Mrs Canavan and I have finally decided where we’re going on our honeymoon this summer, but made the dreadful mistake of telling my mother.
“We’re heading to Koh Tao,” I told her on the phone.
“The Chinese chippy in Ramsbottom? Why?”
“No mum, it’s a tiny island off the coast of Thailand. It’s meant to be beautiful – the scenery is sumptuous, the wildlife wonderful, the sacred temples and architecture magnificent, and it’s 25p for a pint of lager.”
The conversation then drifted on to the other usual topics – how she’d got on at bridge (she’d been dealt a terrible hand and lost to Edna and Bill); grandchildren (“well, have you any news to report?”); and how the new neighbour at number six always comes back from the shop at with at least one bottle of whiskey (“I can see her now; that’s definitely a Famous Grouse jutting out of her handbag and it’s only 10 in the morning”).
Eventually, after pretending there was a Jehovah’s Witness knocking at the door, I managed to getoff the phone and continued with my day.
Half-an-hour later the phone rang. There wasn’t even a hello.
“Steven, you are not going to Kom Tong?” came my mother’s voice.
“It’s Koh Tao mum. Why?”
“I’ve just been on Goggle…”
“Whatever, Goggle says two British tourists were murdered there in 2014. You need to cancel the trip now.”
“Mum,” I replied patiently, “I daresay someone has been murdered in Doncaster in the last few years but it wouldn’t stop me going there.”
This carried on for a while, before I was forced to pretend the Jehovah’s Witness had returned.
However, the exchange had alarmed me slightly, so I did a bit of research to see if my mother’s claims were true.
About 18 months ago, two British backpackers were murdered in horrific fashion, apparently because they were holding hands on the beach and two watching Burmese men – who worked in a hotel on the island – “got aroused”.
Learning this suddenly dampened my enthusiasm for our forthcoming trip, though I did take some solace from the fact that Mrs Canavan and I are unlikely to be targeted on the grounds that there is no way we would ever hold hands.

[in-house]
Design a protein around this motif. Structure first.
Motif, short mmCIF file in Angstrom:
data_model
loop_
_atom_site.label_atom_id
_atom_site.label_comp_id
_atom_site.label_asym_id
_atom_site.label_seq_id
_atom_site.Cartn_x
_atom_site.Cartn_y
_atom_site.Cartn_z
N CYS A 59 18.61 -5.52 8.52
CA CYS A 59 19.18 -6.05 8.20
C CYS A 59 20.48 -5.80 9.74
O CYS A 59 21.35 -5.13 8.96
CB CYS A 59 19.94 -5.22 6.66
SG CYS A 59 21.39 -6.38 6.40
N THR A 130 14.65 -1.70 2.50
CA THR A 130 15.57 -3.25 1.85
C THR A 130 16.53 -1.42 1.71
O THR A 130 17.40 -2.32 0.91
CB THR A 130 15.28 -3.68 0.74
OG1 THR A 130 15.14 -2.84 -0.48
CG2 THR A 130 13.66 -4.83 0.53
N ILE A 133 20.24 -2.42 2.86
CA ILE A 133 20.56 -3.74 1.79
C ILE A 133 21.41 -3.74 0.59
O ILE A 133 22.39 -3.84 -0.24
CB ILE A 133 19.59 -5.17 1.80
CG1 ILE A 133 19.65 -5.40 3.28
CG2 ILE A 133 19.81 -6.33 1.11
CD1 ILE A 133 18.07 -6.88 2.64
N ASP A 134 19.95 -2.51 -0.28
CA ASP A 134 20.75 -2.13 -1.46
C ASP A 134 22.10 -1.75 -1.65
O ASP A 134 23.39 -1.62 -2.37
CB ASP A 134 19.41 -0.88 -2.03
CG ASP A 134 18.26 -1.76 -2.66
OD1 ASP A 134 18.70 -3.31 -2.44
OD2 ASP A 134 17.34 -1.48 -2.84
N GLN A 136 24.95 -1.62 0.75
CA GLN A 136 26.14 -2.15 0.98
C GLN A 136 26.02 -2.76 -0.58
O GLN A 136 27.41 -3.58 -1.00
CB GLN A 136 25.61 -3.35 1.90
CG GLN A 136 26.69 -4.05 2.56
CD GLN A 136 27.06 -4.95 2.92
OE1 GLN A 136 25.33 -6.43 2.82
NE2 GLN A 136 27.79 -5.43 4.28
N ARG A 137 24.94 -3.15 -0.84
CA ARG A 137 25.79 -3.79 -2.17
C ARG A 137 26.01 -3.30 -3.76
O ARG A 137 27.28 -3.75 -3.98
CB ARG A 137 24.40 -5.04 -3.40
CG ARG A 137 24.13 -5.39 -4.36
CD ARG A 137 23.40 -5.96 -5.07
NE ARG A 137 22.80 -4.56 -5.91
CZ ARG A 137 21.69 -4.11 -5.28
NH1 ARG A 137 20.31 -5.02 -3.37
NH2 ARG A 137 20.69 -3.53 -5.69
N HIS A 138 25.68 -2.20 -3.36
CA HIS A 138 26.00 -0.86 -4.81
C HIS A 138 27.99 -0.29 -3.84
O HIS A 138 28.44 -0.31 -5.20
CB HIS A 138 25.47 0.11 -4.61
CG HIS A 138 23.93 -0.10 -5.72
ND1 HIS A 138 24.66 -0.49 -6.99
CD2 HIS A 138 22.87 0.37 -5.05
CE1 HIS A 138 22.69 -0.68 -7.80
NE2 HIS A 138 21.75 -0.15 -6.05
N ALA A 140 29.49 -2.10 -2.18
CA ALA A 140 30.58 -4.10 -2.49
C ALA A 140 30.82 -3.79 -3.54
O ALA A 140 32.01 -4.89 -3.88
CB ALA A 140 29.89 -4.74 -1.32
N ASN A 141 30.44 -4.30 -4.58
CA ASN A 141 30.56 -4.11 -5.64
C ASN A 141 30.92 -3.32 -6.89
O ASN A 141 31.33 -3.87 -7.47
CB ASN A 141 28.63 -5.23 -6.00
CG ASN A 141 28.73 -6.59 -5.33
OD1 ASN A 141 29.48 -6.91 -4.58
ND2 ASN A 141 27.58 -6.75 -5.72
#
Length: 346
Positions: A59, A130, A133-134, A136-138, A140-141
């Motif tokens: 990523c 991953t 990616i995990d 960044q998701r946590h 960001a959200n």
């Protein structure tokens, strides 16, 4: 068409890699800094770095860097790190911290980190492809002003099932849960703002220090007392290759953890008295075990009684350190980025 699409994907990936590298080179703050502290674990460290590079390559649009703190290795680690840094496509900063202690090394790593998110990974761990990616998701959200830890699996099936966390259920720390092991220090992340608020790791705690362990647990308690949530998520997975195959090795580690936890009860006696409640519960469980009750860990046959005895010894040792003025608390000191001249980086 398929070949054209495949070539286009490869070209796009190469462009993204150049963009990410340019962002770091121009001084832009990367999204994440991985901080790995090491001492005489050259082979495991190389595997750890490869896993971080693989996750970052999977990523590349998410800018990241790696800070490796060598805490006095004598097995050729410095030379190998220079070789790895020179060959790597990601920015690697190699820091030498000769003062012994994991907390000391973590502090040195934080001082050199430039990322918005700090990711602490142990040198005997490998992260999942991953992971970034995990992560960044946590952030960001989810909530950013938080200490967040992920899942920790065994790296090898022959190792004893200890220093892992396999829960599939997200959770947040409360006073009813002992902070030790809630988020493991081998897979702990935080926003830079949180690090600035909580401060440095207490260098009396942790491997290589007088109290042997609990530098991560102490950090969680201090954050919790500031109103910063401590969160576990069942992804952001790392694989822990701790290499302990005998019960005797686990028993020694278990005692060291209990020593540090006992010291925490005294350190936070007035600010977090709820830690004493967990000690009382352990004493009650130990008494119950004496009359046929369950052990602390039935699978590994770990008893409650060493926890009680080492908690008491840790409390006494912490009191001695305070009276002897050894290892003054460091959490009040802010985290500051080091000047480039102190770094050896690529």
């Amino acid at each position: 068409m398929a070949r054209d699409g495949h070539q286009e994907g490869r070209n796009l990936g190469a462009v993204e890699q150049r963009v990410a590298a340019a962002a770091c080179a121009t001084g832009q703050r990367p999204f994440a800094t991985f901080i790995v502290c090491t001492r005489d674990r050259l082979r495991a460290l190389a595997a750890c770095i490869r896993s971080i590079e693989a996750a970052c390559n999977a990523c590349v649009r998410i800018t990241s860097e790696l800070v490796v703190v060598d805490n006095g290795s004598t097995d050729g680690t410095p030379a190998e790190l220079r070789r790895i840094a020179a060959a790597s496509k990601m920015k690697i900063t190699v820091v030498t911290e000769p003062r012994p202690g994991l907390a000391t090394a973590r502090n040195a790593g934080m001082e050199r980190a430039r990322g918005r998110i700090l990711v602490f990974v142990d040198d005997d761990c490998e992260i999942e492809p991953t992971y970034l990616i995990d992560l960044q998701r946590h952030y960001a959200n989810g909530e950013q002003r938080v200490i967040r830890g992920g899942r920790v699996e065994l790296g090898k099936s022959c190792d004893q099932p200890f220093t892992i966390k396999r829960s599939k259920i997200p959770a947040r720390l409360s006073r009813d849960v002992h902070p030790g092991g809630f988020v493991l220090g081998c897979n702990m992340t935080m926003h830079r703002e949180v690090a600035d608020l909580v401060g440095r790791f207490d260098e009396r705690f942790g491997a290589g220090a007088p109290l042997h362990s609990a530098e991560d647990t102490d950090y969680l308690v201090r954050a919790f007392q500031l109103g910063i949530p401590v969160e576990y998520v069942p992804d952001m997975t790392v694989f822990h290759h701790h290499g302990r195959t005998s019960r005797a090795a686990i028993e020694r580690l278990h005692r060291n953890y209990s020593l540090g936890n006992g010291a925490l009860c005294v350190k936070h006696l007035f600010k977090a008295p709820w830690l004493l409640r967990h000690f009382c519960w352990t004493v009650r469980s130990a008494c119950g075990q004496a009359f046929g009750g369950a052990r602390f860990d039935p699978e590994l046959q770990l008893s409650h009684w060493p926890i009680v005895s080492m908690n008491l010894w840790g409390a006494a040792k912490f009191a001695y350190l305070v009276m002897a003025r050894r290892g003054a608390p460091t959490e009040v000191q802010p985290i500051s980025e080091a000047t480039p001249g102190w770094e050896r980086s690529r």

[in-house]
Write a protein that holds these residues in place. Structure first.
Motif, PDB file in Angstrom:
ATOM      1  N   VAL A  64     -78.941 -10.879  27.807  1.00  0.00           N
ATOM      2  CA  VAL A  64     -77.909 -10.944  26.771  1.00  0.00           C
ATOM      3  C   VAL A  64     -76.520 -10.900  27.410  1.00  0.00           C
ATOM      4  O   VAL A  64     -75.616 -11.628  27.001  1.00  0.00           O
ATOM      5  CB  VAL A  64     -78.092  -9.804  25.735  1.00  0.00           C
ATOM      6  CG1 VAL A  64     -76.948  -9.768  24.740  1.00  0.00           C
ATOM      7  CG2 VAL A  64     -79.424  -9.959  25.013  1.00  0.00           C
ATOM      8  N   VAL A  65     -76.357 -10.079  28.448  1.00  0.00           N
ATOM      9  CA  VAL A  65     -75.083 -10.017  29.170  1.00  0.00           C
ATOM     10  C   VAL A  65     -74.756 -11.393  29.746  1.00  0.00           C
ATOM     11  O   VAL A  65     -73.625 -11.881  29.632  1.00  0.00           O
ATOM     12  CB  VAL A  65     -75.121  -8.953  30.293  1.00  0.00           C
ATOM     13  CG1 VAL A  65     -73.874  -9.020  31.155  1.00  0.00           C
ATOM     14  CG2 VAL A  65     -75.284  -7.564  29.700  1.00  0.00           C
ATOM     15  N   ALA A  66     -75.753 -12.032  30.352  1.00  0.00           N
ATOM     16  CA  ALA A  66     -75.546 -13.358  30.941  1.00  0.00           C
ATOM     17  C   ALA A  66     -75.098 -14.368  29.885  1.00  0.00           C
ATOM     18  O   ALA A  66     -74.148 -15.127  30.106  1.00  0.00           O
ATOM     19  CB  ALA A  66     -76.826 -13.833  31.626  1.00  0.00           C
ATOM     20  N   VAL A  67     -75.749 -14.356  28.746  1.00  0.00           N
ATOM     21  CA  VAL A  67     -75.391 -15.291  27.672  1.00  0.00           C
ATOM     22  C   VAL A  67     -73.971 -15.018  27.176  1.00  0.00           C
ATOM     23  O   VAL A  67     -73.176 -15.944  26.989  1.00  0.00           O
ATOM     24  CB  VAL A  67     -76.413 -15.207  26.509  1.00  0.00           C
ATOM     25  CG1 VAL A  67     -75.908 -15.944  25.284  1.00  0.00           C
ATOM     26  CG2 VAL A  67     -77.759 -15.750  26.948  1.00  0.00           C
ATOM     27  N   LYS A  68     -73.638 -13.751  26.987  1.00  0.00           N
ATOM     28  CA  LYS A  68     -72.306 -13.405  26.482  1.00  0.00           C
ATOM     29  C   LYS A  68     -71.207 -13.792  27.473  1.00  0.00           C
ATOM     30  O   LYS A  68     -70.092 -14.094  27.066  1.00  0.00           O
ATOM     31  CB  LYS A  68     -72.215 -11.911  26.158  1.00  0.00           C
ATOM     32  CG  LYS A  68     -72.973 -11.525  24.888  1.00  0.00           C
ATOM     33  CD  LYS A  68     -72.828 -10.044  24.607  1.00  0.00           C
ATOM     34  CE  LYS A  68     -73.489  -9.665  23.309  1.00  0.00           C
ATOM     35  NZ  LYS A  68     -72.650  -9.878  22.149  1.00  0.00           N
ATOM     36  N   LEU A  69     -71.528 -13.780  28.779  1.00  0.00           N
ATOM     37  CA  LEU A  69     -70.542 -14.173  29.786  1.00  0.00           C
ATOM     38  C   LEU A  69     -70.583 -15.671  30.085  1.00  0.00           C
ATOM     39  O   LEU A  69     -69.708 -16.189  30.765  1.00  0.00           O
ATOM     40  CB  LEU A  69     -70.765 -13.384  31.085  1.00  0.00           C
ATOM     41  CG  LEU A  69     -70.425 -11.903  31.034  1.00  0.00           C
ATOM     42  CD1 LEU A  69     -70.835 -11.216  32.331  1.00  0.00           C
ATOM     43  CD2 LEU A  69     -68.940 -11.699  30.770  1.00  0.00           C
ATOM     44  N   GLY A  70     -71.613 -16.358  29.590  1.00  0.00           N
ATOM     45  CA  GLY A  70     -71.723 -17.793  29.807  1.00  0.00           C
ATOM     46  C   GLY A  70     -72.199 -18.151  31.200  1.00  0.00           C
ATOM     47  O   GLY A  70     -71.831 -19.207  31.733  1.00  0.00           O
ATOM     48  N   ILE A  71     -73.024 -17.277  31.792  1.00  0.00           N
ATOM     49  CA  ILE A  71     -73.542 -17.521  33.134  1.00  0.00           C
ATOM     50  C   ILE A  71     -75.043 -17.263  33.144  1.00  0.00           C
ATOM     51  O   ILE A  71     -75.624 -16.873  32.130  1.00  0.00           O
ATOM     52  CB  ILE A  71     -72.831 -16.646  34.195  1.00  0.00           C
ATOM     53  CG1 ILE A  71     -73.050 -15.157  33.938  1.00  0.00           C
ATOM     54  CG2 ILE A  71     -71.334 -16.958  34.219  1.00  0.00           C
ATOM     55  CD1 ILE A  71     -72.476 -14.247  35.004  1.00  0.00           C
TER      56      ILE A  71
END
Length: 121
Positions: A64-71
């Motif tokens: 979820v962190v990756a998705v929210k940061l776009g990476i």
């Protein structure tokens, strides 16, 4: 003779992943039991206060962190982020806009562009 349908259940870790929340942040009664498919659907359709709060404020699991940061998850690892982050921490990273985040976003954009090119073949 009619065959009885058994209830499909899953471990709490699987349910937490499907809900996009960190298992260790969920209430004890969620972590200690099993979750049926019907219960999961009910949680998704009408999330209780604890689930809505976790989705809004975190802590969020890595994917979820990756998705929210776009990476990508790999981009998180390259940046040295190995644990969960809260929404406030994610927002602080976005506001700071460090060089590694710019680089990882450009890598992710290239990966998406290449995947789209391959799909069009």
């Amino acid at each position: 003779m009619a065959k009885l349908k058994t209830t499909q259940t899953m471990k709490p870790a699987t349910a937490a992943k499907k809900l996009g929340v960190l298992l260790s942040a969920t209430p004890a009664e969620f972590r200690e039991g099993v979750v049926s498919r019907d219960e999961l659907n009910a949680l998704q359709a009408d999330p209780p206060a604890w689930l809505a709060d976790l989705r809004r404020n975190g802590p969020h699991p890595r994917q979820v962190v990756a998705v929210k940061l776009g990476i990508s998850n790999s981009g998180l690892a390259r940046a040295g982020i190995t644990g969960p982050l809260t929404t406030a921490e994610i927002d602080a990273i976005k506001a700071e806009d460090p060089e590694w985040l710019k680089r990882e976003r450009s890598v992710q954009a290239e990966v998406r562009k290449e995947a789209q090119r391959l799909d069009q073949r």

Mrs Canavan tried to do so once – back in 2010 on a day-trip to Grange-over-Sands (she’d had a glass of wine and was feeling frisky) – but I pulled away immediately, told her in no uncertain terms that there must never be a repeat occurrence, and then went to give my hands a thorough wash.
But back to Koh Tao. I researched the island a little further and it didn’t make great reading.
Since the murders mentioned above, another four Westerners have been killed on the island.
According to the Daily Mail – so what’s not to trust? – there are just six police officers to protect the island’s 2,000 residents and the police chief admitted his force “isn’t the best”.
I read all this with an increasingly furrowed brow while Mrs Canavan was spread-eagled on the settee watching a programme called One Born Every Minute, which featured lots of screaming, sweaty, half-naked women with legs akimbo – not too dissimilar from a film I owned when I was a teenager.
‘Darling,’ I said. ‘This place in Thailand we’re going to, is it a hotel with, you know, proper security’.
“No,” she replied. “It’s a little hut on its own in the hillside. It’s very secluded.”
I gulped hard and googled ‘advice on making a will’. If this column abruptly ceases later in the year, you’ll know why.
Why I’ll be inspecting my pants carefully
My fears about going to Thailand aren’t just confined to getting murdered – though that would admittedly be a blow if it happened – but, as usual, the local wildlife.
After Mrs Canavan booked the trip (she tells me where we are going each year and I follow), I typed into my computer ‘are there snakes in Bangkok?’ (the capital of Thailand, where we begin our trip).
‘Yes, of course there are,’ said the first website I clicked on, in rather cheery tones. ‘Pythons are often found in the city and although they don’t typically target humans, they have over 70 very strong teeth and give a wicked bite.’
A good start.
It continued: ‘There are three species of cobra, which are deadly, and the snake responsible for the most deaths across the world – the Chain Viper – is found in central Thailand.
‘ It’s important to note, however, that these snakes will not chase you, so gradually move away slowly.’
Slowly? Are they for real? I can assure you that should I come face-to-face with a Chain Viper, I’m pretty confident I will break Usain Bolt’s record for the 100m.
Thailand also has deadly jellyfish, centipedes and scorpions, the latter of which “like to hide in clothing that has been left on the floor”.
Note to self: fold underpants up before going to bed and place them in a sealed bag.